A very important and often ignored dimension of tone of voice is that it frequently is a manifestation of the transitory psycho-physiological state of the speaker.
When this transitoriness of tone of voice with its many complex subjective dimensions is ignored or more commonly misinterpreted by the listener, communication can be seriously disrupted.
In simple language, to listen to someone speak is to be in a state of figuring out what they mean, emotionally and otherwise.
Tone of voice is mostly an emotional marker.
When we listen to someone speak, we determine the fullness of their meaning by guessing and anticipating what their point is; by comparing and remembering what they are saying now to what they said in the past; and by monitoring their tone of voice for cues about their emotional state, either toward us, toward their topic, or toward something else.
Since tone of voice involves emotions—both the speaker’s and the listener’s—it can have very subtle and complex ramifications. And this is especially true because so much tone of voice is nothing more than a transitory manifestation of the speaker’s psycho-physiological state.
This point is super important and is worth pausing to consider even if you are sure you know what I mean.
Spoken language moves quickly through a great many transitory states, including word choice, corrections, varying intentions, feedback from the listener, to say nothing of non-linguistic clues like gesture, facial expression, and so on.
Tone of voice is one of these. If we misunderstand it, big problems can result.
A simple example is this. Early this morning I was sleepily standing near my partner watching her cut some scallions. The moment was very pleasant. As I stood there, the microwave beeped. I ignored it and she said, “You can remove that stuff if you want.”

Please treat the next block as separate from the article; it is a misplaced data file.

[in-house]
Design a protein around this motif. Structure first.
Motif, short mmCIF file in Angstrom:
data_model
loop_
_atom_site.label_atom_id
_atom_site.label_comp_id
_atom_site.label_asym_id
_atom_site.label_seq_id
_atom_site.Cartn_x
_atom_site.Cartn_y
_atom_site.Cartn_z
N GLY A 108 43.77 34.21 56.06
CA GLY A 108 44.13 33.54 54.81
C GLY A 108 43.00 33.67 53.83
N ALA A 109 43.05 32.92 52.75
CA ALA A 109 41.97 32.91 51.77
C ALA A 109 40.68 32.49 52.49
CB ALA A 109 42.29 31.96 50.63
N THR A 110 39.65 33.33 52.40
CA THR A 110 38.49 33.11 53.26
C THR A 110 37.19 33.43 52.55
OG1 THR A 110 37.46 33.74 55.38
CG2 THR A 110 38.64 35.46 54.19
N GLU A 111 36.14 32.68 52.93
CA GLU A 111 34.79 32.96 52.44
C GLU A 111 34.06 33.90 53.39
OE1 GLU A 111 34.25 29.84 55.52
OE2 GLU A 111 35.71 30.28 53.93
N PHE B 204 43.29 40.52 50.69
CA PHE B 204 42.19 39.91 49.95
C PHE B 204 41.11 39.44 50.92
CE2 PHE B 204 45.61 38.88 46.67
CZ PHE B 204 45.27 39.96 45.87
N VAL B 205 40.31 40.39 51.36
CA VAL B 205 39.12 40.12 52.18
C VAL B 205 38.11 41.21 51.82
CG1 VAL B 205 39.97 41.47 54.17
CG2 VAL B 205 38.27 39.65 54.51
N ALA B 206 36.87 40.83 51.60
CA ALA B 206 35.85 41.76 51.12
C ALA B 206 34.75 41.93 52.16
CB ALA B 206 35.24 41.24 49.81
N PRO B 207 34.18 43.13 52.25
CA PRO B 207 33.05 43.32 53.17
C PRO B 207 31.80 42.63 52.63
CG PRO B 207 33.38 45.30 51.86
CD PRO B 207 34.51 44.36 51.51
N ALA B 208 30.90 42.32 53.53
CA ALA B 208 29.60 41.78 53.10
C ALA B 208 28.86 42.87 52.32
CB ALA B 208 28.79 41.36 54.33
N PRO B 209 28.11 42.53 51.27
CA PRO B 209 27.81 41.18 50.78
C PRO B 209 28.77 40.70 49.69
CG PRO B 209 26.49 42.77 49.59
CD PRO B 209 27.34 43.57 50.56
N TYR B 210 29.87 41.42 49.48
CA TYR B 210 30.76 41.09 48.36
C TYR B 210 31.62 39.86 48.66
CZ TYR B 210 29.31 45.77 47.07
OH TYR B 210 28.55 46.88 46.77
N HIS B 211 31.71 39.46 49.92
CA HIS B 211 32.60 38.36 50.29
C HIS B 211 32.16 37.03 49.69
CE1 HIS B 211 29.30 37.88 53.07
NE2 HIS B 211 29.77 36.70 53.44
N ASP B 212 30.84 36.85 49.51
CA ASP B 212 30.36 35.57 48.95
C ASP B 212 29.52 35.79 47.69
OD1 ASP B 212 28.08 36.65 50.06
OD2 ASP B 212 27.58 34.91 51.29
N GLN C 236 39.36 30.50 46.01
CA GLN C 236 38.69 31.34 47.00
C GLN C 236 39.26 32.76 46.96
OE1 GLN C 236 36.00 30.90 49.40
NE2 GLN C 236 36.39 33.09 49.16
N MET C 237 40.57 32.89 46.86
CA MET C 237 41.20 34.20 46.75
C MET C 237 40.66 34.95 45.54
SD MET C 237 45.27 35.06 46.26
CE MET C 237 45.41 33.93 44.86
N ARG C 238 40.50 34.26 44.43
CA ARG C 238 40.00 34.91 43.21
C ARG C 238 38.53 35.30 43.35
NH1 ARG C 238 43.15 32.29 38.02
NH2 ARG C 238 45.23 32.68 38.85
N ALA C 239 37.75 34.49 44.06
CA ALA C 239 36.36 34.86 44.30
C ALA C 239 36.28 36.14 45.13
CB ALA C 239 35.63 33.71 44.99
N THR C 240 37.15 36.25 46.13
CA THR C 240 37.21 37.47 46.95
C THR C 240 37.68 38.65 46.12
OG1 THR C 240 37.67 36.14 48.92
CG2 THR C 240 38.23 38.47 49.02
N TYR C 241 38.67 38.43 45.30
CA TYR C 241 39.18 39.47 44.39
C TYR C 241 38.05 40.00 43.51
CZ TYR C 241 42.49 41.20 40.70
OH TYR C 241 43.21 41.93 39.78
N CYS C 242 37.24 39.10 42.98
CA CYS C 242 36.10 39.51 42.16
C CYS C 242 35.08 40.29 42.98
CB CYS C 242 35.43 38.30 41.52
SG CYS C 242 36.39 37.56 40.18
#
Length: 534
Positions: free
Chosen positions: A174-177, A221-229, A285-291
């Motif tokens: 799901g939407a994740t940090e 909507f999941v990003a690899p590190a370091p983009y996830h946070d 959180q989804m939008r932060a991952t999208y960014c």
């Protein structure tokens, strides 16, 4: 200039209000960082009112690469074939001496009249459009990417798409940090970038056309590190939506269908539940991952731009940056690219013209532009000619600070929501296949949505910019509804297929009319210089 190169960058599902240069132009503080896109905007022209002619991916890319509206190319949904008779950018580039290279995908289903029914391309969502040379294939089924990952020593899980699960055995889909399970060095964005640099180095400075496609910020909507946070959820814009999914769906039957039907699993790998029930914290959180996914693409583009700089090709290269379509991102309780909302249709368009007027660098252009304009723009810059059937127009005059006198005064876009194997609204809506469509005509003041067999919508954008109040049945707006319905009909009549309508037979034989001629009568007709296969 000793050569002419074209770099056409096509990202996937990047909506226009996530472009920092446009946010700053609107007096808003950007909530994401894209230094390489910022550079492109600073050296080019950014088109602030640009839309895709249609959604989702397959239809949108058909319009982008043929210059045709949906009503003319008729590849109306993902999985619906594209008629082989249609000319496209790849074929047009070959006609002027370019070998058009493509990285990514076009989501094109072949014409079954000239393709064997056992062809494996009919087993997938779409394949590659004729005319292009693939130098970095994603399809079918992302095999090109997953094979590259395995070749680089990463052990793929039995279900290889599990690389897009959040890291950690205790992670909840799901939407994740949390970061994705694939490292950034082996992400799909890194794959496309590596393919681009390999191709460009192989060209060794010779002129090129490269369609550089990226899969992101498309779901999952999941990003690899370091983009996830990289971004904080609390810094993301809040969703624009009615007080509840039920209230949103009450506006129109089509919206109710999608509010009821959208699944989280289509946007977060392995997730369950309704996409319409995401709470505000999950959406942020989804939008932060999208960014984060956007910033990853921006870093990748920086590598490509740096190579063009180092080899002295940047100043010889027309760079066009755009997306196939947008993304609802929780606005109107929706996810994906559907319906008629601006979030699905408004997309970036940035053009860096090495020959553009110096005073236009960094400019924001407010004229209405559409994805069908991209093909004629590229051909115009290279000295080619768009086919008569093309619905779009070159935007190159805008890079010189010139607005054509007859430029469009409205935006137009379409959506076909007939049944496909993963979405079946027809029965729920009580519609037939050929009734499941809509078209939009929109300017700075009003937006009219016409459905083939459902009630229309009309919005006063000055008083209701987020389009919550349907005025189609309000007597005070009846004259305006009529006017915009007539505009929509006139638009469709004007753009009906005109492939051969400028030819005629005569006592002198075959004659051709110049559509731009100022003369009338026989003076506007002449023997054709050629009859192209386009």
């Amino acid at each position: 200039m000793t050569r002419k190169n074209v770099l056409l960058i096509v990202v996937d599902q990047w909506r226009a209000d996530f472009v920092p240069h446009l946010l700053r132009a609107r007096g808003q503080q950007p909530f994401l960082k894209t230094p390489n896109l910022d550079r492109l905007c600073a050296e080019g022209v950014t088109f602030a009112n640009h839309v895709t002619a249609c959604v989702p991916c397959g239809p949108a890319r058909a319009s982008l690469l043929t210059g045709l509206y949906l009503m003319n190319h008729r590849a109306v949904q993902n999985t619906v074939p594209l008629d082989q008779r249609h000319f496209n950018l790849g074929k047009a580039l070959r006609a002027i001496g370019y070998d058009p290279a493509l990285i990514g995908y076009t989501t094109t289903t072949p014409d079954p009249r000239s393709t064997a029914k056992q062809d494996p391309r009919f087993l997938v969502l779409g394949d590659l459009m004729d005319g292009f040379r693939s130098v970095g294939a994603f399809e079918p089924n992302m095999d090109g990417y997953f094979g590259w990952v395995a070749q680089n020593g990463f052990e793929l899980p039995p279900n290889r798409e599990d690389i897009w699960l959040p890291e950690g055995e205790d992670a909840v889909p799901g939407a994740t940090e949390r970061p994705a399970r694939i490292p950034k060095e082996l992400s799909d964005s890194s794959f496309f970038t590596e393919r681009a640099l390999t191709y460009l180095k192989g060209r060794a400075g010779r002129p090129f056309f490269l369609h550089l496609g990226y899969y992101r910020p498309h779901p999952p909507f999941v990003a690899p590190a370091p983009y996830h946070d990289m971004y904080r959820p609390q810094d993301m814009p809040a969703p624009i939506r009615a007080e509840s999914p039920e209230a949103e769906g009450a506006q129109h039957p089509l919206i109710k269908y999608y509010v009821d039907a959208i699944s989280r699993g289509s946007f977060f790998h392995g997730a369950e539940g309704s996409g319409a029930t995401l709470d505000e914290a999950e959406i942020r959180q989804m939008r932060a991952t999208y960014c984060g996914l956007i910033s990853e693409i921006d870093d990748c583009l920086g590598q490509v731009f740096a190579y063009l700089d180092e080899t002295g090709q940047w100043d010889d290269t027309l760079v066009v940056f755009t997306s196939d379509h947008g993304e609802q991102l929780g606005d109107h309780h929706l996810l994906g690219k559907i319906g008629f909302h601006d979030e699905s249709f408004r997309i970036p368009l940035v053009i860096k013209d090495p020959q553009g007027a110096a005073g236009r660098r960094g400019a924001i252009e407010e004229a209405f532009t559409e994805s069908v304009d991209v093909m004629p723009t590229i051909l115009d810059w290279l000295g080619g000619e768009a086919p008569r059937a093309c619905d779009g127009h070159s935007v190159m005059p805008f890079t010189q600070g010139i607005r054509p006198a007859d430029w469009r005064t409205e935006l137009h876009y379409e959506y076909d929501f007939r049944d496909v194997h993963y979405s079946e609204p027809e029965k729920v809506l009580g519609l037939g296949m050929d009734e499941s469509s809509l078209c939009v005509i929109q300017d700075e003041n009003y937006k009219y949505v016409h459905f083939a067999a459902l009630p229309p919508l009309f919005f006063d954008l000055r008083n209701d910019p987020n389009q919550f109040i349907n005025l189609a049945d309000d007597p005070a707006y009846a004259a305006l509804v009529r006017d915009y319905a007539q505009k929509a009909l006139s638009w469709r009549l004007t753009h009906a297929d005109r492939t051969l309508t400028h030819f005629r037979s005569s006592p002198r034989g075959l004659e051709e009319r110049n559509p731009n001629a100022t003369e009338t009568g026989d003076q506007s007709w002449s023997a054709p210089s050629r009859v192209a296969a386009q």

I said something I can’t recall exactly, to which she replied, “Are you irritated?”
(She said that because we are actively pursuing an investigation of tone of voice.)
I stopped and thought about it. Yes, maybe 15% of my psycho-physiological state—my ready and on communication state, fuzzy as it was—had a deep-seated bad feeling about statements like that one: “You can do whatever…”
After more thought, I realized that the 15% bad feeling was coming from an event that had happened years before. One of the rudest things someone ever said to me was “you can leave now.”
I won’t go into that event, but I can trace some of my my sense of that phrase back to that event. It has nothing to do with my mom or dad or Sigmund Freud. It was just something a rude person said and it made me feel bad and I have not forgotten it.
That event was not in my mind when my partner spoke in the kitchen this morning, but it had long ago colored my reaction to the phrase “you can…” and thus affected my transitory emotional state this morning. That state was fleeting but part of me was in it when I spoke and thus my partner heard a tinge of irritation in my voice.
If we were not FIML partners we would have ignored my tone of voice and moved on. I would have retained a small dose of irritation hormones and associations in my mind and my partner would have retained a small dose of her version of that as the person who heard me speak that way.
Since we do FIML, we were able to avoid all of that while at the same time upgrading our understanding of each other and how we communicate.
This is a good example of how wonderful and excellent it is to find a mistake through FIML practice.
My tone was a mistake. Discovering it helps me offload the bad associations I have with that phrase. Hearing my explanation of my mistake helps my partner dismiss whatever reaction she had to my tone. Furthermore, both of us are more deeply sensitized to how significant transitory emotions can be, how they can affect tone of voice and communication between us.
This example will now serve as a paradigm for future instances of misguided tones of voice between us.
Just as micro mistakes in communication can have long-lasting and outsized ramifications, so micro analyses through FIML practice can provide very large benefits to partners. Rather than muddle along with a stupid misunderstanding, partners improve their lives by figuring out what actually happened and using that to prevent further mistakes in the future.